The lender has the right to rely on the borrower’s assertions, but the application must be reviewed in good faith. The lender must also cooperate with the borrower to correct “errors in the borrower’s calculation or serious lack of substantiation in the borrower’s supporting documentation,” according to the law. The lender then sends his or her decision to the SBA for approval, and the SBA may review the application and loan itself.

The previously established presumption of good faith for the borrower’s “necessity” certification on loans under $2 million is neither emphasized or amplified by the May 22 interim final guidelines.

Some lenders have included acknowledgments or disclaimers with PPP loan applications or associated loan documentation, prudently and out of an abundance of caution, to make it clear to borrowers that loan forgiveness is ultimately determined by the borrower’s compliance with the SBA’s rules and is subject to the SBA’s review and approval. When confronted with certain common law tort claims, lenders may rely on basic legal principles on the existence of any extra-contractual duty even if there are no such explicit PPP-specific language in the loan documents. In the lender’s promissory note and other loan papers, there may be forum selection restrictions, damages limitations, and other lender protections.

The False Claims Act Is a Federal Law That Prohibits Businesses From Making False

Despite the fact that the PPP eases underwriting by allowing lenders to rely on borrowers’ assertions and documentation, a lender could face False Claims Act action if it knew or should have known that the information provided by a borrower is untrue. False Claims Act actions can be initiated by the government or by a private citizen in the form of a whistleblower or “qui tam” case. As previously stated, the False Claims Act allows a successful petitioner to receive treble damages as compensation.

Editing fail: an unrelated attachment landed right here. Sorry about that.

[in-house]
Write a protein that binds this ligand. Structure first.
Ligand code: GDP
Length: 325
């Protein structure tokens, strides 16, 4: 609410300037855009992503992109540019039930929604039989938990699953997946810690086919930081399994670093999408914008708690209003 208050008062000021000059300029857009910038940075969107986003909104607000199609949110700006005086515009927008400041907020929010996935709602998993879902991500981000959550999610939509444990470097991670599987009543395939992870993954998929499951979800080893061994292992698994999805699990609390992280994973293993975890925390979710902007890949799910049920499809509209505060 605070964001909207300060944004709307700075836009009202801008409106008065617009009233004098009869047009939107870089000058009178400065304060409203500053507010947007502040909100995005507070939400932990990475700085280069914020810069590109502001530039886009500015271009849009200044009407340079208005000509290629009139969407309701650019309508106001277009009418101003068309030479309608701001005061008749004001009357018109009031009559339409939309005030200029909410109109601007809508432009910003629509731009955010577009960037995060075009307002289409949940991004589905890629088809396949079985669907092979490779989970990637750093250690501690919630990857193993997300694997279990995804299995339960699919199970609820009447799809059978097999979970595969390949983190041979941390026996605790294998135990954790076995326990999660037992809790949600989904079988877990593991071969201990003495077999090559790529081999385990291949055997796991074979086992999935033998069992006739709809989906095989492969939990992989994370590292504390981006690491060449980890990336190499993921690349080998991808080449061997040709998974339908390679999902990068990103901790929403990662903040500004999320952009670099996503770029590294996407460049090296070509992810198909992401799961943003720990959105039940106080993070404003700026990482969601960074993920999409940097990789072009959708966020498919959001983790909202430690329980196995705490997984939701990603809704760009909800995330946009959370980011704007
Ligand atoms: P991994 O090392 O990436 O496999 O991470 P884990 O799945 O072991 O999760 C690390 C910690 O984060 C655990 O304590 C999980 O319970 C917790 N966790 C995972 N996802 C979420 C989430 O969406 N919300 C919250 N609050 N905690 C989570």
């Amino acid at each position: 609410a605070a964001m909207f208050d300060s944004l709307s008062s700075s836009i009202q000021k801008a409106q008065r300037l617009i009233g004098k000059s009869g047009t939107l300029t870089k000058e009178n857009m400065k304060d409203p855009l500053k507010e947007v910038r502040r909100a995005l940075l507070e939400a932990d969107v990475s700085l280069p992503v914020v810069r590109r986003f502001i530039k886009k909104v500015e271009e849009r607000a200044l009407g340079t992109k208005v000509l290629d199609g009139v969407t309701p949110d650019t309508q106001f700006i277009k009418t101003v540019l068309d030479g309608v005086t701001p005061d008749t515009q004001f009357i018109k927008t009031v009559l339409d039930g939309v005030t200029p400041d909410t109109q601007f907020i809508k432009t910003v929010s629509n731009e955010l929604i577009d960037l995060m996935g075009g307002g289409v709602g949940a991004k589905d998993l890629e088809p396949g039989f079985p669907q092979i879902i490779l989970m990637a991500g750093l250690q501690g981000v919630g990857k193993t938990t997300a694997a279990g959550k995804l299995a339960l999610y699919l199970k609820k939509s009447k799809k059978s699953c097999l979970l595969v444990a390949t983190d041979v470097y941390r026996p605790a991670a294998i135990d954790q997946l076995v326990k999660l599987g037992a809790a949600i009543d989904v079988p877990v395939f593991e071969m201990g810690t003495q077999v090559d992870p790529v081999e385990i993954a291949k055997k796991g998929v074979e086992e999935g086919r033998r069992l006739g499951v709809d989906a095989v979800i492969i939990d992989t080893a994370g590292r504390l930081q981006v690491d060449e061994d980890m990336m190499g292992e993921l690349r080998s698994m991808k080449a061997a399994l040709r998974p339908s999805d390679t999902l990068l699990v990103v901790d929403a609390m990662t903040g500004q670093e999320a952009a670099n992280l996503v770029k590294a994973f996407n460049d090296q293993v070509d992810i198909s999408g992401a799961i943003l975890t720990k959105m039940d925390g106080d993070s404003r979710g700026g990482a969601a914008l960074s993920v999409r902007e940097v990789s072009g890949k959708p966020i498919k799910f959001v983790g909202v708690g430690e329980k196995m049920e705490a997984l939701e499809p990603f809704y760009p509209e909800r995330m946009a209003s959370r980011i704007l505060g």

While the SBA’s April 2 interim rule states that the SBA “will hold harmless any lender that relies on… borrower documentation and [an] attestation from the borrower,” the SBA also requires a lender to conduct a good-faith review and comply with the lender obligations outlined in the May 22 interim rule, which include the Bank Secrecy Act and anti-money laundering compliance protocols. Compliance with these rules may help the lender avoid accusations that it rubber-stamped forgiveness decisions in a way that could result in the False Claims Act being applied.

Some Positive News

In terms of PPP-related litigation, the news isn’t all terrible. Following the acceptance of expanded financial availability, future application-related claims may be limited. Furthermore, and perhaps more importantly, at least one court has determined that the CARES Act does not grant loan applicants a private right of action. Financial institution defendants will continue to develop legal theories to counter PPP-related cases as more are filed.

As federal loan administration laws and advice vary on a daily basis, the lender liability and False Claims Act-related questions remain a shifting target. We will continue to monitor these concerns and will produce future blog entries in this area as new information becomes available.